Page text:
Yinka Olatunbosun writes that the rhythmic experimentations at the melodious night of concert in honour of the renowned music scholar, Prof. Akin Euba will echo for years
The best place to have been in Lagos that Thursday evening after long working hours was the Agip Hall, MUSON Centre which was the venue of a special concert in honour of the Emeritus Professor of Music, Akin Euba. Opening with the MUSON Diploma Choir, the “FESTAC Anthem’’ produced a rush of nolstagia as more sounds from the FESTAC Cantata were performed subsequently.
The honoree, Prof. Euba pioneered the concept of African pianism and popularised the term “creative ethnomusicology’’. After years of study at the Trinity College of Music, London and University of California, Los Angeles, Euba returned to Nigeria to start the Department of Music at the University of Ife now Obafemi Awolowo University, Ile-Ife in 1976.
He left Ife for the University of Lagos where he was appointed the Director of the Centre for Cultural Studies and also Professor of Music from 1977 to 1980. The centre later became the Department of Creative Arts in 1998. Though he retired in 2011, his footprints in music scholarship remain visible.
Hence, the concert was just apt in paying homage to the lofty contribution of Euba to modern music composition in Nigeria, especially with his radical departure from the works of early 20th century composers.
Featuring the University of Lagos Choir, it was a thrilling night of healthy competition and music collaborations one of which was the soulful duet by the Professor of Musicology and Director of Early Music Ensembles at the University of South Florida, John Robison (horn) and the orchestra director for Daystar Christian Centre’s Carol Concerts, Seun Owoaje (piano) who both performed Akin Euba’s Five Pieces for English Horn and Piano written in 1963. This music dialogue featured interlocking triplet patterns in the melody.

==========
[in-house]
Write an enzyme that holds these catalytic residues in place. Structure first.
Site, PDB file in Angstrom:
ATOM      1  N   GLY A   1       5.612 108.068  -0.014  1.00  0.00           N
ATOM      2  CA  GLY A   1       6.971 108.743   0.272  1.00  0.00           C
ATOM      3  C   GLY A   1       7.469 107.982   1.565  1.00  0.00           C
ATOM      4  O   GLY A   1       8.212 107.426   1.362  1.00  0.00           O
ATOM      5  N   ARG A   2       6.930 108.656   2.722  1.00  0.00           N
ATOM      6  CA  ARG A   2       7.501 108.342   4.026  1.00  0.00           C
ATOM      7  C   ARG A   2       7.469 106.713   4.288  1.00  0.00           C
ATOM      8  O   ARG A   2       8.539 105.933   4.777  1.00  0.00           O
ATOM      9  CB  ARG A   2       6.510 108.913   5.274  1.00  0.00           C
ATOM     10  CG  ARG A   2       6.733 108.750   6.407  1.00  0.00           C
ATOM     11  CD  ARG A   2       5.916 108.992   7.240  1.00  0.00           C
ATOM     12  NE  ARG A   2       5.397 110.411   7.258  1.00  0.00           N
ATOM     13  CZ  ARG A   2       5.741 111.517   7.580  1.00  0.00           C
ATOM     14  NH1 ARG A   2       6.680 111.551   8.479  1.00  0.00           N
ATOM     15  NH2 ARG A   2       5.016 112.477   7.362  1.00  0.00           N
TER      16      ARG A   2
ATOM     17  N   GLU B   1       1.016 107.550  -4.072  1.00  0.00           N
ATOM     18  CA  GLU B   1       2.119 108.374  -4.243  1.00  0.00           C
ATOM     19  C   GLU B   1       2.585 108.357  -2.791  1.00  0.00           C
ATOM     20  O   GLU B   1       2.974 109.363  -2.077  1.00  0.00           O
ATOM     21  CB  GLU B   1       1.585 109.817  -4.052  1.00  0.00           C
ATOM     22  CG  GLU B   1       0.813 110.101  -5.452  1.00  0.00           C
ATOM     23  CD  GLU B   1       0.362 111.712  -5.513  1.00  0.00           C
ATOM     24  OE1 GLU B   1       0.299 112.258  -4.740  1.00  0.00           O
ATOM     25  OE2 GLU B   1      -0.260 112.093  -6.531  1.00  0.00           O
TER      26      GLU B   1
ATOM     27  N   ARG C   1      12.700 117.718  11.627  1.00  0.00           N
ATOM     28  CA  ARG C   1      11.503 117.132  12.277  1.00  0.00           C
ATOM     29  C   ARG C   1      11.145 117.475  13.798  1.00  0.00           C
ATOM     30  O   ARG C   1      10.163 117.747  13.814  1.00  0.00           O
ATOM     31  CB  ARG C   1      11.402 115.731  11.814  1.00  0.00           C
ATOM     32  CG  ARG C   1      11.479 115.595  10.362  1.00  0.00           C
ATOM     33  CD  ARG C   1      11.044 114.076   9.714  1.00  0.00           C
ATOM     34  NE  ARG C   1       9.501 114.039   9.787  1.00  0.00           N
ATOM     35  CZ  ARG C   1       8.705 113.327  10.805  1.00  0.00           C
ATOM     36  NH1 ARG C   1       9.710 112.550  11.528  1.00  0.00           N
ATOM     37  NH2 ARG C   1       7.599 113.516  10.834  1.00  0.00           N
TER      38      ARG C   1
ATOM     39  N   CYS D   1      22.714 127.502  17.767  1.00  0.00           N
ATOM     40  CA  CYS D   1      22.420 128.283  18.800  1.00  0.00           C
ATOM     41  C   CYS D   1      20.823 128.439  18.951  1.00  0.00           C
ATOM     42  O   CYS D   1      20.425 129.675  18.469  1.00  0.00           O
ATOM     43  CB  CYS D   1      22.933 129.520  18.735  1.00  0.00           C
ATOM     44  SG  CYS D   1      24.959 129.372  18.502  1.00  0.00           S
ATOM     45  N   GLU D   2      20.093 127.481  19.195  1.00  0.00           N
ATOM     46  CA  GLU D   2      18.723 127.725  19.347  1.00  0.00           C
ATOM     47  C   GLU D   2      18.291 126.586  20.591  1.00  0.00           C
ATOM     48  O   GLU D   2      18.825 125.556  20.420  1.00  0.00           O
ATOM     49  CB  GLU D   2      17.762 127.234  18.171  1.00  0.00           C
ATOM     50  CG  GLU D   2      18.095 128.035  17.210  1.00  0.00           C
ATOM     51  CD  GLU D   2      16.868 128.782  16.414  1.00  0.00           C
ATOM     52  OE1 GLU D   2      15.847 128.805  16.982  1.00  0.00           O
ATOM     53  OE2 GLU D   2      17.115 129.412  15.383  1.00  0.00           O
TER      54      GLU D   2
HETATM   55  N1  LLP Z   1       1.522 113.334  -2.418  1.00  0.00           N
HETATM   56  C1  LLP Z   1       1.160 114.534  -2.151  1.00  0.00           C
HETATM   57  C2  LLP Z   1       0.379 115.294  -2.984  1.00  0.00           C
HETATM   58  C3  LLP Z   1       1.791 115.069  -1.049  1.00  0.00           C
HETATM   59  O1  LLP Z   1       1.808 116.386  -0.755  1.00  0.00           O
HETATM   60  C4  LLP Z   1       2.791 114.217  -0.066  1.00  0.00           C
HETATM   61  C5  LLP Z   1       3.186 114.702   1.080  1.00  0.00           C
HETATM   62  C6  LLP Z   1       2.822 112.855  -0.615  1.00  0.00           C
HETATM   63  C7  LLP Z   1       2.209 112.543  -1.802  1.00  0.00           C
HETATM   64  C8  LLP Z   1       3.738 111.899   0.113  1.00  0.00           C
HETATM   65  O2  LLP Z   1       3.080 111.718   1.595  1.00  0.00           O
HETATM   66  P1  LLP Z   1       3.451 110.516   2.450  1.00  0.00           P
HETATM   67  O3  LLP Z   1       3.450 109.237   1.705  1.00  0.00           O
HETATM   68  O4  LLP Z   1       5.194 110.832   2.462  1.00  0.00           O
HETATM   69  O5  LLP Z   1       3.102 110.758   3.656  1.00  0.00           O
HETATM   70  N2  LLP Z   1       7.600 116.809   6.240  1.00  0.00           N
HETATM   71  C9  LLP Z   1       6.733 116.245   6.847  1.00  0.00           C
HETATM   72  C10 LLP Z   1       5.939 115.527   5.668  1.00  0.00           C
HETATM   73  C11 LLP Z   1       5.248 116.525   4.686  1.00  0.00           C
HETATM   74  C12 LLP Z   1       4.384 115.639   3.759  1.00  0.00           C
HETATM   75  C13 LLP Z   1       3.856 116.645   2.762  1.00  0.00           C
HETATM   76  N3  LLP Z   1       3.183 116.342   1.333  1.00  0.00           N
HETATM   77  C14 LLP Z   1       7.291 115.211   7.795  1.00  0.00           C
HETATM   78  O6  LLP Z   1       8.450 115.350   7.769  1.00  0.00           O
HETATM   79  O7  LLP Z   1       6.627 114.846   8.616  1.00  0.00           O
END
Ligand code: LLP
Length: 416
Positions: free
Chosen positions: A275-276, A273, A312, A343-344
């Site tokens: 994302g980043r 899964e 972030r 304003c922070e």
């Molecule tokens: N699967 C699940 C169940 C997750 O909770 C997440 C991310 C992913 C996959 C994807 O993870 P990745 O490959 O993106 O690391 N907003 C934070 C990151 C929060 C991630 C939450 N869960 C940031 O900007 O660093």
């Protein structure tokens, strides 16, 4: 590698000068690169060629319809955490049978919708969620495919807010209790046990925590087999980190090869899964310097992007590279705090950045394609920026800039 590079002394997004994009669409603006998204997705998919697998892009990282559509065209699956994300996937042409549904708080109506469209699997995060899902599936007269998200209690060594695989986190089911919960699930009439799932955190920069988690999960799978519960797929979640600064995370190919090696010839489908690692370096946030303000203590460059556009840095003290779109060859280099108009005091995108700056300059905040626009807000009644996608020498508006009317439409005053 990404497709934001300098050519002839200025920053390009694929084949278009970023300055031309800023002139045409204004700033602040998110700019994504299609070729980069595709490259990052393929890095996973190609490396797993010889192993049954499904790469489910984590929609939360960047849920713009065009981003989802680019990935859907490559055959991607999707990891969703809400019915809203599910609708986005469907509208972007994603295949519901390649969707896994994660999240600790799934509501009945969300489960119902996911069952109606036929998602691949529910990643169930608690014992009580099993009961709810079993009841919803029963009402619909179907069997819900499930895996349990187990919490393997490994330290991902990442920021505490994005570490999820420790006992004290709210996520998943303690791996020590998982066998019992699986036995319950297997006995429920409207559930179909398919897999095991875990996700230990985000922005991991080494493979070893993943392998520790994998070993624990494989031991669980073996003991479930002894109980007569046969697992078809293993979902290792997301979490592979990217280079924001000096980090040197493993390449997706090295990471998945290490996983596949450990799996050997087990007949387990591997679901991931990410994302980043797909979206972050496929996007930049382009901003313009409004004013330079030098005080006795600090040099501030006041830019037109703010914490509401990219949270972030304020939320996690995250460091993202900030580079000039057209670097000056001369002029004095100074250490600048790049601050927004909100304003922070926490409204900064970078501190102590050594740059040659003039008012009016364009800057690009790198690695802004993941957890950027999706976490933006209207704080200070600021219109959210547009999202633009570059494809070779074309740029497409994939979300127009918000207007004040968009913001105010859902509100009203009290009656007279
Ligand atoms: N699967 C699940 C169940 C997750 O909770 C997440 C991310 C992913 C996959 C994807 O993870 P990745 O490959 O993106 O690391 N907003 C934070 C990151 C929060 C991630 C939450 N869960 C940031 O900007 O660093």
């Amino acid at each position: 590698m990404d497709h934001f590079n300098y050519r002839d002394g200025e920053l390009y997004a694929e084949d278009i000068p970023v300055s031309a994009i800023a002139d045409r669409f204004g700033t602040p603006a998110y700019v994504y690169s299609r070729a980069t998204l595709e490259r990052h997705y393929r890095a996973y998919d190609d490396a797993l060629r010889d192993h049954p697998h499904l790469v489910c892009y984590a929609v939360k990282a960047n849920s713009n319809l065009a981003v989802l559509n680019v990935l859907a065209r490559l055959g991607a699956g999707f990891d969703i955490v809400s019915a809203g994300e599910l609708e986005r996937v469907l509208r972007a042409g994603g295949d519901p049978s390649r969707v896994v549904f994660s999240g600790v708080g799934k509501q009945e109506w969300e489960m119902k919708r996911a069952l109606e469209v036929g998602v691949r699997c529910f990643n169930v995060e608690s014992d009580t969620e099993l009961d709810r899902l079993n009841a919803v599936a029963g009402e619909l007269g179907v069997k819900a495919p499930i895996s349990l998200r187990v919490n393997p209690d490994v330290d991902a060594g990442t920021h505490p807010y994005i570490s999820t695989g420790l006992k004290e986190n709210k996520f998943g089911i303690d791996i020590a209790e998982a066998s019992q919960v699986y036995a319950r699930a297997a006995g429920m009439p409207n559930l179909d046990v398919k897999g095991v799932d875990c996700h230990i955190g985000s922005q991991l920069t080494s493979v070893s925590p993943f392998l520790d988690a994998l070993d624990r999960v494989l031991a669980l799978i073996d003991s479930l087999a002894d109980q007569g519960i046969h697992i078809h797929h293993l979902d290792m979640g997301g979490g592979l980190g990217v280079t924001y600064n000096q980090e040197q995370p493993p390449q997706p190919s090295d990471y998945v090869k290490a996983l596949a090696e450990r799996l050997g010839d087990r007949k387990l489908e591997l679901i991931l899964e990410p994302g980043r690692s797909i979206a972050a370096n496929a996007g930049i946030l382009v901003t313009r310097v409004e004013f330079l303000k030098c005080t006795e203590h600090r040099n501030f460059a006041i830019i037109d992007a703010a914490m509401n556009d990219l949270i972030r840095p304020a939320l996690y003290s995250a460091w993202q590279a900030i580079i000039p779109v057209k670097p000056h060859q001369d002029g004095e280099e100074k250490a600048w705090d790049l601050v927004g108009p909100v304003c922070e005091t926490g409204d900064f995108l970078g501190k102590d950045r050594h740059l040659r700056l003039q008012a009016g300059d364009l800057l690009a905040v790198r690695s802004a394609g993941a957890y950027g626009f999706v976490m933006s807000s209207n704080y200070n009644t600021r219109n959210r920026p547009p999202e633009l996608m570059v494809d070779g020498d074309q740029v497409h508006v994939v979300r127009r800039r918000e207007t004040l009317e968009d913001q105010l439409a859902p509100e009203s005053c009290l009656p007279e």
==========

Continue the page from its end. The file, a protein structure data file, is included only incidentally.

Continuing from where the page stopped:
A transfixing moment at the concert came when Ayo Bankole Jnr. performed his late
father’s composition titled, “Ya Orule’’. What made the sound so compelling is its binary structure- like a rhythmic copulation of the major and minor keys, ending in a brief cadenza. Memories of the golden days of the Nigerian Broadcast Corporation returned with the “Rhapsody on an Egun Theme’’ by Ayo Bankole.
The performance of Akin Euba’s “Groove for the Master Drummer’’ came with a short and crisp end that commanded rapturous applause. It featured Ranti Ihimoyan (soprano), Adebayo Ayandare (iya ilu), Kangan Opeyemi (Omele Isaaju) and Seun Owoaje (piano).
It is possible that the humour in the Mountain Top Chorale’s classical rendition of King Sunny Ade’s “Asi ko Laye” may have been lost on those who didn’t know the original juju song. Certainly, the suspenseful performance kept many in the audience longing for how that beautiful remix would end.
That ethnic intrusion into the night was consolidated by the baritone voice of Adedaramola Olaore in Ayo Oluranti’s “Ilu Baje o!”. Accompanied by Mofopefoluwa Onalaja’s coherent piano sound, that song nudged many in the auditorium back to reality away from the orgasm rhapsody as the lyrics referenced corruption in government.
A regular member of the MUSON Choir, Elizabeth Olaotan (Soprano) in company of the accomplished pianist, organist and timpanist, Tosin Ajayi (piano) performed three songs by Akin Euba from his Six Yoruba Songs collection titled, “Mole Jiyan Yo”, “Ore Meta” and “Mo Ja We Gbegbe”.
Akin Euba’s strong influence in music hinges on experimenting with African metric patterns mirrored by the plethora of performances at the night of tribute.